According to the proposal, the book will be based off of edited and rewritten versions of his Twitter threadsa conceit, Abramson declares, whose time has come. The book will create a comprehensive, chronological review of the Trump-Russia case by transforming my Twitter threads into prose.
A book of this sort is daring, he writes. Few if any have leveraged the advantage that books offer in collating, organizing, and amplifying in narrative form an intensely followed Twitter feed.
Abramson would be just the latest #resistance pundit to attempt to cash in on the fervor surrounding the Russia investigation.
Self-described D.C. technocrat Eric Garland attempted to turn his bombastic Twitter feed into a revenue stream by creating a private, locked account where subscribers pay $10 per month for exclusive tweets. So did former NSA official John Schindler, who convinced several thousand followers to pay for many insights that The Outline pointed out he also offered for free.
Ed and Brian Krassenstein, two prolific #resistance tweeters accused of running websites that propped up online scams, released an anti-Trump childrens book last month titledHow the People Trumped Ronald Plump, which has pages dedicated to collusion and glorifying special counsel Robert Mueller.
The reality, though, is that if Vladimir Putin is using a tape involving urine to blackmail our president, we have to love America enough to speak of urine publicly and objectively, without snickering or frivolous humor.
Seth Abramson book proposal
More established journalists and pundits have gotten into the Trump-Russia book game. Investigative journalists David Corn and Michael Isikoff published a book examining Russian interference in the 2016 election, while CNN pundit Jeffrey Toobin announced his intention to write a book focused on Muellers ongoing probe. GOP strategist and Daily Beast columnist Rick Wilson recently published Everything Trump Touches Dies, which in part excoriates the presidents actions in relation to the Russia investigation.
On the opposite end of the spectrum, Fox News pundit Gregg Jarrett, who recently transformed from news anchor to Sean Hannitys go-to pro-Trump commentator, made Amazons bestseller list with his book criticizing Muellers investigation as a hoax. His colleague Jeanine Pirroa close friend of Trumpssimilarly skyrocketed up the New York Times bestseller list with Liars, Leakers, and Liberals, her self-described expos of a deep-state anti-Trump conspiracy.
Abramson, too, is offering publishers a built-in readership, in his case his large Twitter following.
Over numerous pages, Abramsons proposal lists the many celebrities, artists, pundits, political organizations, and brands that follow his voluminous Russia-investigation posts online.
Abramson name-checks reporters with whom he claims he speaks regularly, including journalists from The Wall Street Journal and The Atlantic, and includes a recent email in which CNN host Chris Cuomo asked Abramson: How come you have not been on with me?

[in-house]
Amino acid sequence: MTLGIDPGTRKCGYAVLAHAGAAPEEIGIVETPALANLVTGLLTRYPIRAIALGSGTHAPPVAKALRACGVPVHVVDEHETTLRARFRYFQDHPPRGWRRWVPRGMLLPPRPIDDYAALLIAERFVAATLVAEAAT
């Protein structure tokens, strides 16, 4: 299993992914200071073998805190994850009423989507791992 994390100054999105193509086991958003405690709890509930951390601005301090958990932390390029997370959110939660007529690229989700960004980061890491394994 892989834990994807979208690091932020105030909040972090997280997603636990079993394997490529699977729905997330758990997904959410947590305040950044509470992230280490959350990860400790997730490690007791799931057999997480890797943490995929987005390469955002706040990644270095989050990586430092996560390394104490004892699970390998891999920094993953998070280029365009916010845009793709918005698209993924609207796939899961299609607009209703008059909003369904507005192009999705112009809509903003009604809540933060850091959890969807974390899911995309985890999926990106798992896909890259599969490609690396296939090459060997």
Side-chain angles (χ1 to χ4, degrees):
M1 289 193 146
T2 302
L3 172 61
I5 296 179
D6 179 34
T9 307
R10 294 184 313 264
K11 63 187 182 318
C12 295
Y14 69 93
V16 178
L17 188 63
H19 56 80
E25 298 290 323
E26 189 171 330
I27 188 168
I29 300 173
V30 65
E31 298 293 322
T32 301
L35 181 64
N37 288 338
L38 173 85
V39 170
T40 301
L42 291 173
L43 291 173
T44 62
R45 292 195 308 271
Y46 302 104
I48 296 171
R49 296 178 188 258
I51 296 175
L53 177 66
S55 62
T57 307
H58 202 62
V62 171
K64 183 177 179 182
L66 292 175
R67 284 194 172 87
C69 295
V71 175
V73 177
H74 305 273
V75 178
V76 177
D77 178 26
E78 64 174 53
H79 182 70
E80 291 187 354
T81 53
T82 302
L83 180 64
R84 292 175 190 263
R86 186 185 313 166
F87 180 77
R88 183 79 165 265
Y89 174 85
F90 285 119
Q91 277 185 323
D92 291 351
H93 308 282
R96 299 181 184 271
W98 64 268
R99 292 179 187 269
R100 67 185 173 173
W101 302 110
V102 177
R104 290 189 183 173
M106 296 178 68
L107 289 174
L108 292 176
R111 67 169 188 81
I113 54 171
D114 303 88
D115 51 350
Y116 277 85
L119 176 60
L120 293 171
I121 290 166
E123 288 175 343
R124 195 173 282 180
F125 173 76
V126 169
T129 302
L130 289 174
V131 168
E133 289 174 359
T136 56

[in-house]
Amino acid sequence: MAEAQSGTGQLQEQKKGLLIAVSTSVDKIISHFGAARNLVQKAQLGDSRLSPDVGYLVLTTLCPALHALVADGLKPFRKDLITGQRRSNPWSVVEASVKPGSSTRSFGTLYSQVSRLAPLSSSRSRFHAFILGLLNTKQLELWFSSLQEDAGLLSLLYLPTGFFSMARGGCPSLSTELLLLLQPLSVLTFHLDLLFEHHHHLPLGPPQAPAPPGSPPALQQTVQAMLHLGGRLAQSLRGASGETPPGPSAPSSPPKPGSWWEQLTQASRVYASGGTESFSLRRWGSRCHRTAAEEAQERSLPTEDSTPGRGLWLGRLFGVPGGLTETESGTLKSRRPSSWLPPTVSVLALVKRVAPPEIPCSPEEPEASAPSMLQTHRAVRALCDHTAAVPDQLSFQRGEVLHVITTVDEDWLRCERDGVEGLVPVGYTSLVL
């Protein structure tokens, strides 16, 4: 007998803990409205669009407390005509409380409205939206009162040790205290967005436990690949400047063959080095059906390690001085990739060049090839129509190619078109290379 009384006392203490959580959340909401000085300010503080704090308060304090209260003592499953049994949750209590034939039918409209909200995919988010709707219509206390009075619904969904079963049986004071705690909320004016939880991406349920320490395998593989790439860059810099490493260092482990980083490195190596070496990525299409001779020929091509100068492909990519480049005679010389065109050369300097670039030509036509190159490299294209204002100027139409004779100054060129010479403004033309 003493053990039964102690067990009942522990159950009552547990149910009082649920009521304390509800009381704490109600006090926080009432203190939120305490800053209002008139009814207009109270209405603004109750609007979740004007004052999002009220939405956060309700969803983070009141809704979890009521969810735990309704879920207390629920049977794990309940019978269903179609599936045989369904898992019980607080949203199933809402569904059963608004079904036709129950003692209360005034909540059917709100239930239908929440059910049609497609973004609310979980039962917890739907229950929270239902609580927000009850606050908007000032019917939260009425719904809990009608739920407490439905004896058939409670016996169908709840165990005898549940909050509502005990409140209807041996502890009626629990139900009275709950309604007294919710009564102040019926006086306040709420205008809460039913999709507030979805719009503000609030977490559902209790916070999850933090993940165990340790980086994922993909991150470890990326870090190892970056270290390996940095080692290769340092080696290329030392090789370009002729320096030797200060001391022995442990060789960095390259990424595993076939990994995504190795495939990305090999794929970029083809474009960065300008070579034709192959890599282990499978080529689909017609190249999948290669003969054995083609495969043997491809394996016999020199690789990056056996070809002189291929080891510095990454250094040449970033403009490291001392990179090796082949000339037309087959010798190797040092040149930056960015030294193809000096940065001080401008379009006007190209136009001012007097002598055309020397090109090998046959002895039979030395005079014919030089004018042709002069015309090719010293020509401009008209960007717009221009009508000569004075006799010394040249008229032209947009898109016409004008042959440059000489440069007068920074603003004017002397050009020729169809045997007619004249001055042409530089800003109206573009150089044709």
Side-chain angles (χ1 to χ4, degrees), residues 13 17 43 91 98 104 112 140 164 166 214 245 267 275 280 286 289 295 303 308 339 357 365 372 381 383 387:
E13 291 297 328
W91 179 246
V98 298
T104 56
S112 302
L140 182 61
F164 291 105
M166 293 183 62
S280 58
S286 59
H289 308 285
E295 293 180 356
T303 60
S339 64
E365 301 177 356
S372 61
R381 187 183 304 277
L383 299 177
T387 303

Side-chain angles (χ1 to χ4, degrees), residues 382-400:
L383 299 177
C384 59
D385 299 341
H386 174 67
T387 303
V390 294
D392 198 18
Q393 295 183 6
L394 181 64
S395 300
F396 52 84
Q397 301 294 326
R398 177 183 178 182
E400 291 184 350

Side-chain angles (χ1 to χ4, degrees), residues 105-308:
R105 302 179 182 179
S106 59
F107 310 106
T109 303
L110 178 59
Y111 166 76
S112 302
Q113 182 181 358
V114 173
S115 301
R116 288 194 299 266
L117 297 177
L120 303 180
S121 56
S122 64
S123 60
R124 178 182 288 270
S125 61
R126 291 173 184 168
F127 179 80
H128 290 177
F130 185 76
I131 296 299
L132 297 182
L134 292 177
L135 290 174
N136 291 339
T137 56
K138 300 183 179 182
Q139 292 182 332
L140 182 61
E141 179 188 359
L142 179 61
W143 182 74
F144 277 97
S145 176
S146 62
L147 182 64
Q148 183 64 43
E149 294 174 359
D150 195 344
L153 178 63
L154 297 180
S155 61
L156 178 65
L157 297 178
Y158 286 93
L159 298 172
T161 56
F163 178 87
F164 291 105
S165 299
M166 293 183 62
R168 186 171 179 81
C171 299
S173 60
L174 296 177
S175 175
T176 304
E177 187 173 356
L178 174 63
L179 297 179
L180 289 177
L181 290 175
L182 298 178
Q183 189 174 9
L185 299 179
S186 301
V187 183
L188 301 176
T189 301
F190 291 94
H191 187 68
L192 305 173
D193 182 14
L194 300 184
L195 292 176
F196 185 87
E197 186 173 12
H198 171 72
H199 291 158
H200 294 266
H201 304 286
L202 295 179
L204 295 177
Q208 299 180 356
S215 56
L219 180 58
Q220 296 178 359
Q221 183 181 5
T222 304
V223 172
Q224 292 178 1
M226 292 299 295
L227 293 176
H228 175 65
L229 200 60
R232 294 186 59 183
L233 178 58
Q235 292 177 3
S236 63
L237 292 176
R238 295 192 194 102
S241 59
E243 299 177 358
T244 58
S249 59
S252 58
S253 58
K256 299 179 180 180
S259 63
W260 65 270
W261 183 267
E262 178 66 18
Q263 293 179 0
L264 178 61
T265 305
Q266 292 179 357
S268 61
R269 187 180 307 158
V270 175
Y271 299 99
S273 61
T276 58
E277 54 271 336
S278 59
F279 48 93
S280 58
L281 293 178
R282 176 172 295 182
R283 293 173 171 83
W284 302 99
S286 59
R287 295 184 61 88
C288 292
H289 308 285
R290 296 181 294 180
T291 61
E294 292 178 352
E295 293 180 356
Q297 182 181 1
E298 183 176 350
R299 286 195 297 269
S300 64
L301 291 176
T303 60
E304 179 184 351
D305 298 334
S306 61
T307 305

As Abramson has become a staple of #resistance Twitter feeds, The Atlanticdubbed him a conspiracy theorist, The Washington Postdescribed his style as interpreting liberally from news reports, and Slate knocked him for recycling information you could find on any news site and adding sinister what-if hypotheticals to create conclusions.
When Abramson isnt listing off the prominent journalists he speaks to in his proposal, hes often dismissing the medias coverage of Muellers Trump-Russia probe.
Abramson claims he has often beat news outlets to major stories, adding that he connected seemingly disparate facts major media outlets do not endeavor to reconcile.
And in an eye-popping section titled A PEE TAPE Q&A, Abramson asks why wont anyone in Washington or media investigate the infamous Steele dossier that alleges Trump paid prostitutes to perform golden showers in a hotel room during one of his visits to Moscow.
Abramson claims the fabled story is a taboo subject in the United States because were prudes and the media knows it.
The reality, though, is that if Vladimir Putin is using a tape involving urine to blackmail our president, we have to love America enough to speak of urine publicly and objectively, without snickering or frivolous humor, the proposal reads.
Abramson also plans to offer his anti-Trump book readers good news: By his calculations, the Trump administration will likely end by mid- to late 2019.
Sinnreich cautioned that such Twitter-style punditry can be misleading.
Making sense of complex systems requires one set of expertise, he said, and channeling peoples rage and frustration and giving them short, serialized outlets for rage and frustration is a completely different skill.
Readers should not expect any significant new revelations in Abramsons book. As he explains in the proposal, he does not have time to produce new, original reporting for a book.